1. ^ a b c Mink, Eric (1996-01-28). "'Friends' suffers from overexposure, thanks to new ads". The Tampa Tribune. p. 57.
  2. ^ a b c Sangster, Jim; David Bailey (2000). Friends Like Us: The Unofficial Guide to Friends (2nd ed.). London: Virgin Publishing. pp. 98–103. ISBN 0-7535-0439-1.
  3. ^ a b Bonko, Larry (1996-01-28). "Monkeying Around With New And Old 'Friends'". The Virginian-Pilot. p. E1.
  4. ^ "Julia Roberts And 'Friends'". San Jose Mercury News. 1996-01-18. p. 4A.
  5. ^ Mink, Eric (1996-01-26). "They've got 'Friends' in low places Overexposure in Diet Coke commercials may can the charm of top-rated series". Daily News.
  6. ^ "'Friends' On Super Sunday". Chicago Tribune. 1996-01-09. p. 5.
  7. ^ Grahnke, Lon (1996-01-31). "'Friends' Stunt Helps NBC Win Ratings Game". Chicago Sun-Times. p. 39.
  8. ^ Pergament, Alan (1996-07-23). "Naughty Or Nice, Shields Makes 'Susan' Her Own". The Buffalo News. p. C1.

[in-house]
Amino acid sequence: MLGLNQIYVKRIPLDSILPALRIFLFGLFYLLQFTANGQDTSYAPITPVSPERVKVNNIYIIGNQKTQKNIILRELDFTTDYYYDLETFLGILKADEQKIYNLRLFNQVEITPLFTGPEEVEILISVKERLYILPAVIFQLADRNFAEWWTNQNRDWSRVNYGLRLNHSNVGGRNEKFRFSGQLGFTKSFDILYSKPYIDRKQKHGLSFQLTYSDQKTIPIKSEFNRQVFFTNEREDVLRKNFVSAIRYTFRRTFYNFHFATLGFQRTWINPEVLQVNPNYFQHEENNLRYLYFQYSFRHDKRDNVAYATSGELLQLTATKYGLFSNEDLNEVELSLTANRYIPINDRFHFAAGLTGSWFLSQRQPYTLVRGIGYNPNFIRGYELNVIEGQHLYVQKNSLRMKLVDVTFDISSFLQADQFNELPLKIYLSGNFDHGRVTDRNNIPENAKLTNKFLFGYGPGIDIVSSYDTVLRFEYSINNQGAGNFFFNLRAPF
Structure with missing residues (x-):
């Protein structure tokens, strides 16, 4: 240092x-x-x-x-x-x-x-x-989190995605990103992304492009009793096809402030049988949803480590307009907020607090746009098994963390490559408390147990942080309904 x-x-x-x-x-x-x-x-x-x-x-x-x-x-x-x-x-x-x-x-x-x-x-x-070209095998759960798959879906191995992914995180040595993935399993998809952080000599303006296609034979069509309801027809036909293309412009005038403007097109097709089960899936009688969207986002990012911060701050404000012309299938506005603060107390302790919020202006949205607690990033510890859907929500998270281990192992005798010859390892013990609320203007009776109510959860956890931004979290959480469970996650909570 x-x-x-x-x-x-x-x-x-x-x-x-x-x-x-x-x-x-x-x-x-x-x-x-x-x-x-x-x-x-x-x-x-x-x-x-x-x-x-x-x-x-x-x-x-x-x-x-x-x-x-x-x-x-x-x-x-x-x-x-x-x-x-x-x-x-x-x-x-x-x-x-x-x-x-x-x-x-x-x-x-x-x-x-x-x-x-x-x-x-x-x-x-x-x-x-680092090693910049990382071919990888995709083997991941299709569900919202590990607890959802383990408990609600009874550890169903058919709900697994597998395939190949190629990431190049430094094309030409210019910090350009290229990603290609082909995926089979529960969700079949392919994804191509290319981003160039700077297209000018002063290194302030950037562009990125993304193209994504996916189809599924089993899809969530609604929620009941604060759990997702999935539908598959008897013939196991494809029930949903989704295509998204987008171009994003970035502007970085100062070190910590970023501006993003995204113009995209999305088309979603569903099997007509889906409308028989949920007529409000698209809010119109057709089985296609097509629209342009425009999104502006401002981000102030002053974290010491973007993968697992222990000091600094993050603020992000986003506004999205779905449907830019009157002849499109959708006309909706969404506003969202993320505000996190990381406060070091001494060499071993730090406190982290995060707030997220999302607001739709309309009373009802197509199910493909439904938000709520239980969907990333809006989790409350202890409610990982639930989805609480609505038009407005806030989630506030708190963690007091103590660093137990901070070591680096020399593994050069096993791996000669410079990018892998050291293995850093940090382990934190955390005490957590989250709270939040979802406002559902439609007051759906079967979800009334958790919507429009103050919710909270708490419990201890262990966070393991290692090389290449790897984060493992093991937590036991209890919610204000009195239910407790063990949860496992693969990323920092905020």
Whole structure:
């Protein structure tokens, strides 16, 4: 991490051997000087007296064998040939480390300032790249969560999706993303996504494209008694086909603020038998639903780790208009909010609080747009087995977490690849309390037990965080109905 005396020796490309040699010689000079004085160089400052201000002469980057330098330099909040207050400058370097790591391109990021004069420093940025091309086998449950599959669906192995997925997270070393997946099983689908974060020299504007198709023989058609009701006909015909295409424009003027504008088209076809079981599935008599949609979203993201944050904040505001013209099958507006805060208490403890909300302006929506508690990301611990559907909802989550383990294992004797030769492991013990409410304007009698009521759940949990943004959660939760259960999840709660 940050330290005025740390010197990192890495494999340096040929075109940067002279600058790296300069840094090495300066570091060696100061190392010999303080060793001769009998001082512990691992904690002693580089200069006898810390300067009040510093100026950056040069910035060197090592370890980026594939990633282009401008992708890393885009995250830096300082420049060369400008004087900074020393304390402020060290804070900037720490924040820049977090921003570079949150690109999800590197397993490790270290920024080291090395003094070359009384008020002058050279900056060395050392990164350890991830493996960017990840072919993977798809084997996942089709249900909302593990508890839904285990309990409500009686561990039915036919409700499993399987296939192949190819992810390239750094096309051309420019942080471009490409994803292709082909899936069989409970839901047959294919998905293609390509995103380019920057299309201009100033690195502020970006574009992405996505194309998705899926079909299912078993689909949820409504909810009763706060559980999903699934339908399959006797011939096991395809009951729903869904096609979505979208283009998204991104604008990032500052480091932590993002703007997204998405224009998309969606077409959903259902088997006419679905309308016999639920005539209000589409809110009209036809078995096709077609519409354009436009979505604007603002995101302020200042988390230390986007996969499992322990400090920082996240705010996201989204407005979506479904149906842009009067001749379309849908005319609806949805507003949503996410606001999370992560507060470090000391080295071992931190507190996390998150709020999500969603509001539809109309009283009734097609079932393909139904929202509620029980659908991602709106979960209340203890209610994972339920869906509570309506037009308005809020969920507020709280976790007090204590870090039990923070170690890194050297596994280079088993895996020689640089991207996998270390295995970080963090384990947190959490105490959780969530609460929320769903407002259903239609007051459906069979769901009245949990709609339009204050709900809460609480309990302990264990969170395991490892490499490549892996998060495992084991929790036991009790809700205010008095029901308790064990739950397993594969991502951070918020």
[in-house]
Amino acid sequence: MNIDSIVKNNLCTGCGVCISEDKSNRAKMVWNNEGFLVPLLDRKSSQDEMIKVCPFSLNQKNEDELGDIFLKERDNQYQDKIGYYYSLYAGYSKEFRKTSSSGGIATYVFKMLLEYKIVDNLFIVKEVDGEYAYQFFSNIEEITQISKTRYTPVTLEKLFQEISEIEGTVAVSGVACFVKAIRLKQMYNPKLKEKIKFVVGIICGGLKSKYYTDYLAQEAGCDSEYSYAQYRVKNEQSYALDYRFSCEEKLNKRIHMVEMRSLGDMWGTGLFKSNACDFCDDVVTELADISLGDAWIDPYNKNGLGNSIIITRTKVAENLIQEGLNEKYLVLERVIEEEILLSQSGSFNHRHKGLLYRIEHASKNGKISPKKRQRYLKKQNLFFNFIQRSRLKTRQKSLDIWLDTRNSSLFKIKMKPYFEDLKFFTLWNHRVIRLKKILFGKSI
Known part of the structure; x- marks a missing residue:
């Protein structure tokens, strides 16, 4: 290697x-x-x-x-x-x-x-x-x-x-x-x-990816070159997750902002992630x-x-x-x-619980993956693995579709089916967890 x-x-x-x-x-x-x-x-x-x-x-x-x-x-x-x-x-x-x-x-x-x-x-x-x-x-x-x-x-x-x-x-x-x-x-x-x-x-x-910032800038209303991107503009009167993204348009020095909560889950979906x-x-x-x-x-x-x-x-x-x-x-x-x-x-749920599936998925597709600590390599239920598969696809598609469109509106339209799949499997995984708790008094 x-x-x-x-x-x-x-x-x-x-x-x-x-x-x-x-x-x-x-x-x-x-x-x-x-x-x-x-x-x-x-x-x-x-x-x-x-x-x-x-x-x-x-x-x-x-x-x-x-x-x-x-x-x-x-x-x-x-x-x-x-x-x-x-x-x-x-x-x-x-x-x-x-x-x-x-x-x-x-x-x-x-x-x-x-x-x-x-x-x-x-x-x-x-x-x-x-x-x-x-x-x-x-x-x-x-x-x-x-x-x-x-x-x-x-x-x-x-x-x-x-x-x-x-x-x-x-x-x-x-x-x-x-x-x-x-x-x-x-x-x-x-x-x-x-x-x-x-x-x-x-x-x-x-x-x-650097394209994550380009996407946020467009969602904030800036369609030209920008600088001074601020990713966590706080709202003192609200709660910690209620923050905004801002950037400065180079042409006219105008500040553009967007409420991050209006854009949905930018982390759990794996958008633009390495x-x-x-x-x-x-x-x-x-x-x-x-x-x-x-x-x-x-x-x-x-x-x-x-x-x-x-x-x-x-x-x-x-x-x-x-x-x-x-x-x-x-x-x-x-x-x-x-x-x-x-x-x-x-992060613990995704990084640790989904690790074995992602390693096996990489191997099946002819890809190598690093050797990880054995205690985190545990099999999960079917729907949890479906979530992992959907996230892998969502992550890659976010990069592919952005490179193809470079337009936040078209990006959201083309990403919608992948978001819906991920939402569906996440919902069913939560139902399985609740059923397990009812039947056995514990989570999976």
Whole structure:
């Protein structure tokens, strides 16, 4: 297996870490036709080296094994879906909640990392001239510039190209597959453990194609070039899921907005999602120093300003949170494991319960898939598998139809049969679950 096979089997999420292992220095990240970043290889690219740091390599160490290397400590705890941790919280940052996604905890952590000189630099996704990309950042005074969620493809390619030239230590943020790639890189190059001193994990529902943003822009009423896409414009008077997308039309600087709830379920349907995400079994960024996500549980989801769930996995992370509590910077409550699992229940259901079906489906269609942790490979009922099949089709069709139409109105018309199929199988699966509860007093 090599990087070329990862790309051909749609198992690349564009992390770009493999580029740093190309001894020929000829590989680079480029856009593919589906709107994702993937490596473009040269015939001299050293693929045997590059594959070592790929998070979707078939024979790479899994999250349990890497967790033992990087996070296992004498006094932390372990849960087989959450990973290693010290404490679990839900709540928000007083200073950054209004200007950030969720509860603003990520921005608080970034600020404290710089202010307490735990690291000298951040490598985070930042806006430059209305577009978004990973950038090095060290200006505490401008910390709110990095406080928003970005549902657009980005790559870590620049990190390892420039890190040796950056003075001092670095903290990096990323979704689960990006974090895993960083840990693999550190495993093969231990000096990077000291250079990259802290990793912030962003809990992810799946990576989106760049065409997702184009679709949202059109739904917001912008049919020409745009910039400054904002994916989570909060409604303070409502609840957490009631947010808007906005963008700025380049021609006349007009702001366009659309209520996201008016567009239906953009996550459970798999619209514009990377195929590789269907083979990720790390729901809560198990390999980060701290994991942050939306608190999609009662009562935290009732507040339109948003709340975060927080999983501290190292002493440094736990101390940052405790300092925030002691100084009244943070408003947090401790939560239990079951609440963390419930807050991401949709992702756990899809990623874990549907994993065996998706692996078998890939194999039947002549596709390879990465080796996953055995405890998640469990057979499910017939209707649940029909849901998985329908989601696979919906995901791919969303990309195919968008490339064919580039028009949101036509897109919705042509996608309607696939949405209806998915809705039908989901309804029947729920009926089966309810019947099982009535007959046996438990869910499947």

9. ^ Stallings, Penny (2000). The Ultimate Friends Companion. London: Channel 4 Books. p. 52. ISBN 0-7522-7231-4.
  10. ^ Dubin, Murray (1996-01-09). "CBS Will Revisit 'Knots Landing' In A Miniseries". The Philadelphia Inquirer. p. D02.
  11. ^ Webster, Dan (1996-01-10). "It Ain't A Cure For Cancer, But You'll Read It Anyway". The Spokesman-Review. p. F2.
  12. ^ Fee, Gayle; Raposa, Laura (1996-01-16). "Inside Track". Boston Herald. p. 3.
  13. ^ "Front". The Miami Herald. 1996-01-18. p. 2A.
  14. ^ a b Green, Tom (1996-02-23). "Julia Roberts - Older And Loving It - Actress Says She's Happy To Be Playing More Mature Roles". The Seattle Times. p. F1.
  15. ^ a b White, Stuart; Morgan, Gary (1996-01-14). "Julia's faxed up with new fella (And Hollywood's Pretty Woman can't keep her hands off him)". News of the World. p. 25.